It had the look and feel of a big-city audition for a Broadway show. But it was a Utah college town and the auditions were for Opryland, U.S.A., in Nashville, Tenn.
The walls of a spacious room in BYU's Knight-Mangum Building were lined with hopefuls - and some of their parents. Dancers in leotards stretched on the floor, touching forehead to ankle. Fiddlers anxiously clutched violins and bows. Singers sat with music in their hands and butterflies in their stomachs as they awaited their moment before the five-member audition team.And all 100 or so of them got their chance. For an average of one minute, singers, dancers and musicians became part of the 4,000-5,000 who will try out before January for spots in Opryland shows. About 400 will actually be selected for a stint at the popular theme park.
Provo was the second stop on a 24-city tour during which Opryland personnel will scout out the best talent for 1989's productions. The cities include the likes of Los Angeles, Chicago, Boston, Kansas City, Mo., and New York City, plus college towns like Arlington, Texas, and Columbus, Ohio.
Provo is a fertile field, said to Barbara Earheart, office manager for Opryland's entertainment department, who was busy taking applications and photos at Thursday's auditions.
"We see a lot of good talent out of Provo because of Brigham Young (University)," she said. "That's one reason we keep coming back to Provo. For the numbers that audition, there's a lot of talent here. Brigham Young has an excellent music program."
Two 1988 Opryland veterans - Utah Valley natives and BYU students - turned out to audition for a second season in Nashville. Melinda Farnsworth, 20, Provo, sang and danced from February to August in "And the Winner Is. . .," a musical revue featuring award-winning songs. And she's anxious to return.
"It was an incredible experience," she said. "You learn as well as perform. We had classes, and people critiquing the shows."
Jenny Jordan, 19, Orem, was Melinda's roommate at Opryland and also performed as a singer/dancer. Thursday, she was serving as piano accompanist for anyone who needed one. "I loved the professional atmosphere," she said of last summer's experience. "They're great in helping you develop your talents."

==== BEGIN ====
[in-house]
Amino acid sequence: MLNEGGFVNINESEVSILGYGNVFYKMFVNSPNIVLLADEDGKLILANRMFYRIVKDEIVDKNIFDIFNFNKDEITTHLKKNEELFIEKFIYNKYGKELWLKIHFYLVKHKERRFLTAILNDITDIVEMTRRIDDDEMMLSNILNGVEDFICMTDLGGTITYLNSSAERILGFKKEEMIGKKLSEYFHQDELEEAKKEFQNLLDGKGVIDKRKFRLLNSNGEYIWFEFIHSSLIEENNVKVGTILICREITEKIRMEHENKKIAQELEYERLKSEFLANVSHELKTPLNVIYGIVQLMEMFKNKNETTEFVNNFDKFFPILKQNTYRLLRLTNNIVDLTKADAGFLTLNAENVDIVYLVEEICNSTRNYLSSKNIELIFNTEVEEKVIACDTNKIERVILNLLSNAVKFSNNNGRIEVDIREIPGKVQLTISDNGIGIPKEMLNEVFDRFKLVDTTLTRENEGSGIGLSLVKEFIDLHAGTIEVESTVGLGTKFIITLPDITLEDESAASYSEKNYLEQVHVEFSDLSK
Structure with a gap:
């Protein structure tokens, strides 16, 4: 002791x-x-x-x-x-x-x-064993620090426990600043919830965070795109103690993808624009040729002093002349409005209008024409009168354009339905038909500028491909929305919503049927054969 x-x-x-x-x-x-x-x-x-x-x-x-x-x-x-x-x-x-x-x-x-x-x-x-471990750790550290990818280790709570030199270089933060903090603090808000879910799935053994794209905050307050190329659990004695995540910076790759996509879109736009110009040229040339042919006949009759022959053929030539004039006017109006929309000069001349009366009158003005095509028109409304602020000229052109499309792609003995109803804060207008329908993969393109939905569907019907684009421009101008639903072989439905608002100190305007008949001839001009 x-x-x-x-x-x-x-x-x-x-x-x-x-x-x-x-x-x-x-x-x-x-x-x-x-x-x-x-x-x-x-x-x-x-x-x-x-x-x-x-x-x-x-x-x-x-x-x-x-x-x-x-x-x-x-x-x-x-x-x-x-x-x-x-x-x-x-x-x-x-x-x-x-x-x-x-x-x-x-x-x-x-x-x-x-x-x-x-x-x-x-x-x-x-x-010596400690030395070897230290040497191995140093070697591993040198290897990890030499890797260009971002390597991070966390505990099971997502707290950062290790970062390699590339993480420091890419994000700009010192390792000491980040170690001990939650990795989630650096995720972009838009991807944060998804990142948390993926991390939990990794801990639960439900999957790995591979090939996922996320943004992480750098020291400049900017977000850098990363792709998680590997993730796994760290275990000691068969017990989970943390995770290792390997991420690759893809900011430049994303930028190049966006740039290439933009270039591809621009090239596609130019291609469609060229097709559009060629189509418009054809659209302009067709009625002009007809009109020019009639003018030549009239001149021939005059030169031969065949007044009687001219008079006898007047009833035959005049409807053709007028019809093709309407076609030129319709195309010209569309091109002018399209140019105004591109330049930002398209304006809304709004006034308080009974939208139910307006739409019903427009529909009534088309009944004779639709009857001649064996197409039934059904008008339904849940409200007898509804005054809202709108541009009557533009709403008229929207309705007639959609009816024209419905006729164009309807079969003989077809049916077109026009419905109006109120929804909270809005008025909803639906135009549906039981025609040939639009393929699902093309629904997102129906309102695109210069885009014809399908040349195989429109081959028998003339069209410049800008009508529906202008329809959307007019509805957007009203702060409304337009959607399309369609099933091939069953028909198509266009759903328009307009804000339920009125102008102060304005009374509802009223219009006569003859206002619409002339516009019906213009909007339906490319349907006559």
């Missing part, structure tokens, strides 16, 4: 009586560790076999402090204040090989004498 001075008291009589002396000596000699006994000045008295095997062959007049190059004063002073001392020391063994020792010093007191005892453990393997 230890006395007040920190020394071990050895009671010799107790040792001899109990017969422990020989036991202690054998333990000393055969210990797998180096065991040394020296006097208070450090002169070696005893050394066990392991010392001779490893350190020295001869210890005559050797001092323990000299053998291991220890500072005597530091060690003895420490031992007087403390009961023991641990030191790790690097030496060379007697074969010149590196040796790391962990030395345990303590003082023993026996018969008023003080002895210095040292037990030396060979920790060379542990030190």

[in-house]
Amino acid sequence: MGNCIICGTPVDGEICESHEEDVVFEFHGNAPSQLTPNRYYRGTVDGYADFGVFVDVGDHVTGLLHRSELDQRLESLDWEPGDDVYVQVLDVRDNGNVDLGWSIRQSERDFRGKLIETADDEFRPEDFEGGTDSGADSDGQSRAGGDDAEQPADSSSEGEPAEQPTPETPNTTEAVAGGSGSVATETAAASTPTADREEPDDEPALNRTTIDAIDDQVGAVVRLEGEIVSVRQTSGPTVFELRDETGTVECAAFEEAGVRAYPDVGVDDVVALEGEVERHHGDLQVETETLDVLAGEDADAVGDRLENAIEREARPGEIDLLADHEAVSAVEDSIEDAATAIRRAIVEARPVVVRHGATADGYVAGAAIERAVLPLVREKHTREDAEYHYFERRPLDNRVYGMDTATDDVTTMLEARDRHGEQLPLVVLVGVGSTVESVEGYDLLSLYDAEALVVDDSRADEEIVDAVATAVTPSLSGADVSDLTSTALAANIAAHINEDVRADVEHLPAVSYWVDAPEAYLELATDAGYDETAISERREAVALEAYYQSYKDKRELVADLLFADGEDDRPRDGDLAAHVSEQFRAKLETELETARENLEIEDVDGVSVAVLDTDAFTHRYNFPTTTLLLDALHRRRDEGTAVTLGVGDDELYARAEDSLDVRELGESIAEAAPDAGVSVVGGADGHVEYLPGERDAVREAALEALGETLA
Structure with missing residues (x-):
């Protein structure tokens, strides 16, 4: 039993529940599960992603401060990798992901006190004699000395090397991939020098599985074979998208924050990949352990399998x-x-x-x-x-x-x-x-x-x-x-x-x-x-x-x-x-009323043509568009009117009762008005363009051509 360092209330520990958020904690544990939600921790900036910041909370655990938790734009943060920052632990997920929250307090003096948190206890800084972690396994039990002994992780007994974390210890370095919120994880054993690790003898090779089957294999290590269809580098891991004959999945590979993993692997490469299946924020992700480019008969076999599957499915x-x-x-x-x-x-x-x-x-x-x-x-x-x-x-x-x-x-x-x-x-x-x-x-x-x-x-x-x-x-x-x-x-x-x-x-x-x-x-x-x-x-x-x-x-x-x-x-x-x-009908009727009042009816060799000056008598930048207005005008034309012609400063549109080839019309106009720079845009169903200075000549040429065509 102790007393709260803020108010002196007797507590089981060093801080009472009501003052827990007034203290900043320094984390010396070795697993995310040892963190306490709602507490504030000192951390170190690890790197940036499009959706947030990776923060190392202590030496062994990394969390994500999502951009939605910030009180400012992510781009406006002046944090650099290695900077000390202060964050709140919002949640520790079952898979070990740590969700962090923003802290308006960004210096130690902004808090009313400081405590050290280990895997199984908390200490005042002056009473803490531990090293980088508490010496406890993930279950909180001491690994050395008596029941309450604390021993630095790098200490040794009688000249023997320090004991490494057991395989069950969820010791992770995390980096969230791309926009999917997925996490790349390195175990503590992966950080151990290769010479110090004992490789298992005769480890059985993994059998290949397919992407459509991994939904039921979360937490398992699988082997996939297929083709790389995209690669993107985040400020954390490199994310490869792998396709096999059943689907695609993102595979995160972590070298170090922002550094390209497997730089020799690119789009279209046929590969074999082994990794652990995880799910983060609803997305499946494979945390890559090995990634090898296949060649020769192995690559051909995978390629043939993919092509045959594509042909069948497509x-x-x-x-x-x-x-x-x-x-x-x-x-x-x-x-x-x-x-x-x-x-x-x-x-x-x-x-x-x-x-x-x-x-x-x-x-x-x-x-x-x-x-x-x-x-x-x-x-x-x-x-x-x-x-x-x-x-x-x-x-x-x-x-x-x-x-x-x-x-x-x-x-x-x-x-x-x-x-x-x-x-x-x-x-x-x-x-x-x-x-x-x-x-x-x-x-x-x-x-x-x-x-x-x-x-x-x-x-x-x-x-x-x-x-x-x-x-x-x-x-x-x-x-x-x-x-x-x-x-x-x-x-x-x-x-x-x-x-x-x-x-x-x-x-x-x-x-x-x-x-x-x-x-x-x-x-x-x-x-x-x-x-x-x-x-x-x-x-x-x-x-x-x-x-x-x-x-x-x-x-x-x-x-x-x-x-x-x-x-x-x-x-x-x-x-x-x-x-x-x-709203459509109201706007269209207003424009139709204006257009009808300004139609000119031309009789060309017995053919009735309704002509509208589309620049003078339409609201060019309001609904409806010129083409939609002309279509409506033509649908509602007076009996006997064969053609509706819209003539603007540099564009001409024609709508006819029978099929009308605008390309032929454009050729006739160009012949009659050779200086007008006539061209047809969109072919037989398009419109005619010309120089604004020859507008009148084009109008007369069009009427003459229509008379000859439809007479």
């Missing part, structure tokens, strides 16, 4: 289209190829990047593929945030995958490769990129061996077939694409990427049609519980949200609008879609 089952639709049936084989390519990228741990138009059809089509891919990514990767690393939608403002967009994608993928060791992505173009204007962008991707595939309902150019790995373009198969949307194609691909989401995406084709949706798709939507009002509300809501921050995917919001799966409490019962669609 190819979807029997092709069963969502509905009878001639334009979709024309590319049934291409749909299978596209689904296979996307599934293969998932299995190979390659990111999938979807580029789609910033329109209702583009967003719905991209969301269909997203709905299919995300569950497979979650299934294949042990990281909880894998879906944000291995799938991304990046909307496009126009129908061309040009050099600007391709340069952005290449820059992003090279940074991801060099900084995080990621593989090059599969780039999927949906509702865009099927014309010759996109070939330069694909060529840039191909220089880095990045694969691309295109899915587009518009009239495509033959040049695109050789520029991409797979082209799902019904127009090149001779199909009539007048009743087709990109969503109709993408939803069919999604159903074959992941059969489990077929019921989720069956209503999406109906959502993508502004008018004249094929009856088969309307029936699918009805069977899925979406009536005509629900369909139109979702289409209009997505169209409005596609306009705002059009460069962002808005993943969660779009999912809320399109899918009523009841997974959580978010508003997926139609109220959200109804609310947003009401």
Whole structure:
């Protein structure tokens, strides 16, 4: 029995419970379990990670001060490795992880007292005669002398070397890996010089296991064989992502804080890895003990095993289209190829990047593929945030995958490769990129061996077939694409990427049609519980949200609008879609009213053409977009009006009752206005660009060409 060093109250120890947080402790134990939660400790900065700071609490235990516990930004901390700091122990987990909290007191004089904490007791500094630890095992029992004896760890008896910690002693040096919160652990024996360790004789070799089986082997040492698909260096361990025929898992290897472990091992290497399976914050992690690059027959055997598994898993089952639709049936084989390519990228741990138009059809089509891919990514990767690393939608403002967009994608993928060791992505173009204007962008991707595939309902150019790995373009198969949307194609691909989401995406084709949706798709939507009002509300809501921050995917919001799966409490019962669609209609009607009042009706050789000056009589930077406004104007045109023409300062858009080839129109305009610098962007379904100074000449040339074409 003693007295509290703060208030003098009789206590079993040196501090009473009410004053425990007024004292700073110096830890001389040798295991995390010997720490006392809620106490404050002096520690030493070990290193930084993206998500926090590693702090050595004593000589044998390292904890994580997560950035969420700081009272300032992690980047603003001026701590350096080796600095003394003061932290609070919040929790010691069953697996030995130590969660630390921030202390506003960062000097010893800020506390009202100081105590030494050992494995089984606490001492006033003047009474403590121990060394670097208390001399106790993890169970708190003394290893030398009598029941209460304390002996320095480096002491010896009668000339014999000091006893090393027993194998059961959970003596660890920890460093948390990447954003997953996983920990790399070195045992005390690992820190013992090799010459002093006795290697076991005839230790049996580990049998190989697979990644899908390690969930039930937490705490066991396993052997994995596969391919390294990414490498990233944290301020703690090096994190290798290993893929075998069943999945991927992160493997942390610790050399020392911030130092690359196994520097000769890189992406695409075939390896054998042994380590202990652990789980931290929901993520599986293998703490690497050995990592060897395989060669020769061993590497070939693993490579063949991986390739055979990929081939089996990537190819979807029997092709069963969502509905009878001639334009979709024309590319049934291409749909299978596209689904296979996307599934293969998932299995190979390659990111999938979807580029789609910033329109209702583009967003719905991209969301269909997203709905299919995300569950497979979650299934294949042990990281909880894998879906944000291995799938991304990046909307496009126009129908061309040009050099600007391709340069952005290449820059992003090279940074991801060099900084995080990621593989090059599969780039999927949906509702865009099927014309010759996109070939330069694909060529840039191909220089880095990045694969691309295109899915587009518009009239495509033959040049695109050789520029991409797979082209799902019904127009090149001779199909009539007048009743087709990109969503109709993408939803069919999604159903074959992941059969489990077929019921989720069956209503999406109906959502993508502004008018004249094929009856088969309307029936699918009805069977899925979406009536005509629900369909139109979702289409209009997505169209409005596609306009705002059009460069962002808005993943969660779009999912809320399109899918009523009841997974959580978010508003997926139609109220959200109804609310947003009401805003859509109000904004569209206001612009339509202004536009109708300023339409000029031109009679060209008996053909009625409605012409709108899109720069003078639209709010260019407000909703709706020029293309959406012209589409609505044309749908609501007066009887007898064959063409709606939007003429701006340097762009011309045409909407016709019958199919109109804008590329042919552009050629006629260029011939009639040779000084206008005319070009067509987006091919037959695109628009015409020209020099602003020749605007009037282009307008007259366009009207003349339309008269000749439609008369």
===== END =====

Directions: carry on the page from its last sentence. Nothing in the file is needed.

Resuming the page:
She said the pay was enough to live on, plus save some. But it's the opportunity to perform, not the pay, that draws people to the auditions.
Laurie Behunin, a BYU senior majoring in professional dance, would like to get some professional experience after graduation. Even if she isn't chosen for Opryland, she said, auditioning is good practice.
Janine Lindsay, a former member of BYU's Young Ambassadors troupe, would also like to put her musical theater major to work next spring after graduation.
Twelve-year-old Vanessa Rich, Provo, wasn't that certain about her future. She simply showed up with her violin and Dad, Mom, and two sisters to do some family bluegrass fiddling for the panel. "It's scary," she said. She was glad when it was over.
Even though the audition was for Opryland, it wasn't necessarily all country and bluegrass. The audition team was looking for all types of music and all types of musicians. The dancing was decidedly interpretive - not a clogger in sight. And in callbacks, the dancers would do a prescribed routine. Applications and resumes were also being taken for stage managers, technicians and conductor/pianists.
John Haywood, director of Events and Entertainment at Opryland for many years, was ready to stay all afternoon and evening. The audition team was set with a supply of giant-sized cookies from a local restaurant and 32-ounce soft drinks.
College towns as well as big cities offer a wealth of talent, said Haywood between sips and songs, and "Provo's been an excellent audition city for us." He tried to put the performers at ease.
"Don't be nervous," he said. "We want everybody to enjoy yourselves, have a good time."
And he promised that every person who auditioned would be notified one way or the other, either by letter or phone. Now, all they have to do is wait.